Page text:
dangers and limitations of mindfulness

This is an extract from a my upcoming introductory short ebook on applying Buddhist Practice to daily life

Whatever your feeling now, whatever your opinion of yourself and others mindfulness can, at first, exaggerate it. Paying intense attention to what is going on for you will mean increased awareness of it all – positive and negative.

But over time, and usually a short time, if you’re honest with yourself in the effort you make, your perception of yourself will become more realistic, balanced. You will over time come to realise you can rely on that old cliché “this too will pass” – not only for all bad situations and feelings but also for the good ones too. You will come to know yourself in a different way, you will have feelings not be them. Our language makes it hard; we say – “I AM sad” or “I AM happy” so you are defined by your feelings, rather than “I have or do sad” or “I have or do happy”. I know the grammar is all wrong but that’s the point.

At first there can be a sense of passivity where the feelings are more intense and can be overwhelming and you can feel out of control, like they are happening to you. But if you continue to bravely give attention you will see that change is always happening. Change in your body which you notice in the simple movement of sensations. Even paying attention changes the sensations. Then there is your continuously changing your emotions and thoughts. These are expressed and caused by your internal dialogue as it happens in discrete words which have different levels of loudness, tones and qualities, and as pictures, which are colour or black and white, have an angle of view, a size relationship with you. Then you notice that feelings are in different parts of your body, have different temperatures, pressures and the pain and pleasure change in intensity with different situations and with different way you think about them. Even your sense of strength, shape and size is continuously changing as you relate your surroundings, other people and even your thoughts and feelings.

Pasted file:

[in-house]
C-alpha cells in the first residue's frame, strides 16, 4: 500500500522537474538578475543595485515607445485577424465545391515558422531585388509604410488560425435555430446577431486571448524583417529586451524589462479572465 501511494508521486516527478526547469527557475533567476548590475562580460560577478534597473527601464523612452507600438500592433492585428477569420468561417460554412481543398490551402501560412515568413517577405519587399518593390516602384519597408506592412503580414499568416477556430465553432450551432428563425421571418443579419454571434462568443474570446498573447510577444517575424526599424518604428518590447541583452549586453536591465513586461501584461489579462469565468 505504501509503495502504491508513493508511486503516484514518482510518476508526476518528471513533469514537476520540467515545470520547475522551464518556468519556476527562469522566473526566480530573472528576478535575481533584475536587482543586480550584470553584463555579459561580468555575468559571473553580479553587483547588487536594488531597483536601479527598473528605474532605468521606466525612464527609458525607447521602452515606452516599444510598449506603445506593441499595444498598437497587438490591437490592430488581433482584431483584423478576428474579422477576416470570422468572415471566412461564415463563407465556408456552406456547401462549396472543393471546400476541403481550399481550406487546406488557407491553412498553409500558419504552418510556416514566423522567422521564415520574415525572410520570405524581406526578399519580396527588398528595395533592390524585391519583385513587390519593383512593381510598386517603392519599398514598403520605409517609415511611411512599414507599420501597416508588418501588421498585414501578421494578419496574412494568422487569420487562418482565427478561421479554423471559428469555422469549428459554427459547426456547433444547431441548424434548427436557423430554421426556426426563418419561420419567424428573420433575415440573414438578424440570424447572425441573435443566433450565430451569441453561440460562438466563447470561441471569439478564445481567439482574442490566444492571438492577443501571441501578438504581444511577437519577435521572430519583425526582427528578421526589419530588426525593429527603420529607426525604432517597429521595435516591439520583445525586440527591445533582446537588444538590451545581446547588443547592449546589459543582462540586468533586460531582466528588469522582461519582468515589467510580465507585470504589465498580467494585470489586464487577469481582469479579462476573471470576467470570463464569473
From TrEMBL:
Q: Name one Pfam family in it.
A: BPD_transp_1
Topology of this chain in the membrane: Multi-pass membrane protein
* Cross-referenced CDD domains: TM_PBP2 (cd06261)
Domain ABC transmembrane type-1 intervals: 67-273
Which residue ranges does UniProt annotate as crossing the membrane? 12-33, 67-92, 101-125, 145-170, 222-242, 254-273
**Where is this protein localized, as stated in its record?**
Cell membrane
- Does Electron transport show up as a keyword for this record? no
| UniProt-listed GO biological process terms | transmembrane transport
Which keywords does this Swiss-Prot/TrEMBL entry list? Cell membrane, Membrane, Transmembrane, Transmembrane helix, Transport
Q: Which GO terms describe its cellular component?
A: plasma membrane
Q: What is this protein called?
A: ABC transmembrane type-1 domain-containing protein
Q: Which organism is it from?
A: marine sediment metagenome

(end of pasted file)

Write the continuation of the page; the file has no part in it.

The result is that you move first from experiences and life happening to you, to you being the experience, to you having the experience, to you doing the experiences and life, meaning from the passive to the active and finally to the interactive.

It takes time, and this can be frustrating. You will always be yourself, which can be even more frustrating. It is that your relationship with you will change. It may go from you being a painful battleground based on shame and hatred, to you only feeling discomfort with yourself, to tolerance and respect, to romantic love (meaning exaggerated and overblown positivity ignoring the flaws), to a real love, embracing all of who you are even the bits you don’t like. This could be imagined as the love of a good parent for a wayward child who knows them clearly, is honest about their qualities, accepts and tolerates the difficult parts of them without it affecting the love.

Another image the helps with perspective and the processes you’ll go through has a great and long tradition going back through the East and Middle East, including Christianity and Islam. The metaphor and reality of the master tradesman versus the apprentice. For a new apprentice every mistake is a catastrophe, a major threat to their sense of self and skill, their position in the job. Every achievement is a boost to the ego, a big emotional response, a source of ecstasy. For the master tradesman a mistake is something you fix and move on after a breath, you might learn something useful. An achievement is a nice moment, also worthy of a breath of appreciation, but you also then move on.

References:

ABCRN Life Matter – Darkside of Mindfulness